twice one is two; for it can not be that two (as a single and specific number) are twice one.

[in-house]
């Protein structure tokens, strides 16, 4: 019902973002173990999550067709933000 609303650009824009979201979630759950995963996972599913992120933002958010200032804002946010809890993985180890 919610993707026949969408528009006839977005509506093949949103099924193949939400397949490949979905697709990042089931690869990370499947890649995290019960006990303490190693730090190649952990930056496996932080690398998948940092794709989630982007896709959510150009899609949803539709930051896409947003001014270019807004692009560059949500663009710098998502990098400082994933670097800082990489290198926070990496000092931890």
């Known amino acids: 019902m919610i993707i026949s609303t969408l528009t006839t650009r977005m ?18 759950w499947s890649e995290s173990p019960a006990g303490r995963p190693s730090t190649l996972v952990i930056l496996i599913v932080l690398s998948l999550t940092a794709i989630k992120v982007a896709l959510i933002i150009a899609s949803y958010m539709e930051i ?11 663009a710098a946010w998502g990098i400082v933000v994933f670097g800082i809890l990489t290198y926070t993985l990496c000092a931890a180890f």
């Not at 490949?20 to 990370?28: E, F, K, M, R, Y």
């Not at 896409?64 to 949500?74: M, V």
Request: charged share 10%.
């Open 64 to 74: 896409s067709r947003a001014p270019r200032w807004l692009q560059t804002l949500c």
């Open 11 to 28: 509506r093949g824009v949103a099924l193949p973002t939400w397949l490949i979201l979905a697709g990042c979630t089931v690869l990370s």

two first: Of this expression James Murdock says: "The only argument against the use of two first, and in favor of substituting first two, so far as I can recollect, is this: In the nature of things, there can be only one first and one last, in any series of things. But—is it true that there can never be more than one first and one last? If it be so, then the adjective first and last must always be of the singular number, and can never agree with nouns in the plural. We are told that the first years of a lawyer's practise are seldom very lucrative. The poet tells us that his first essays were severely handled by the critics, but his last efforts have been well received. Examples like these might be produced without number. They occur everywhere in all our standard writers.... When a numeral adjective and a qualifying epithet both refer to the same noun, the general rule of the English language is to place the numeral first, then the qualifying epithet, and afterwards the noun. Thus we say, 'The two wise men,' 'the two tall men'; and not 'the wise two men' 'the tall two men.' And the same rule holds in superlatives. We say 'the two wisest men,' 'the two tallest men' and not 'the wisest two men,' 'the tallest two men.' Now if this be admitted to be the general rule of the English language, it then follows that we should generally say 'the two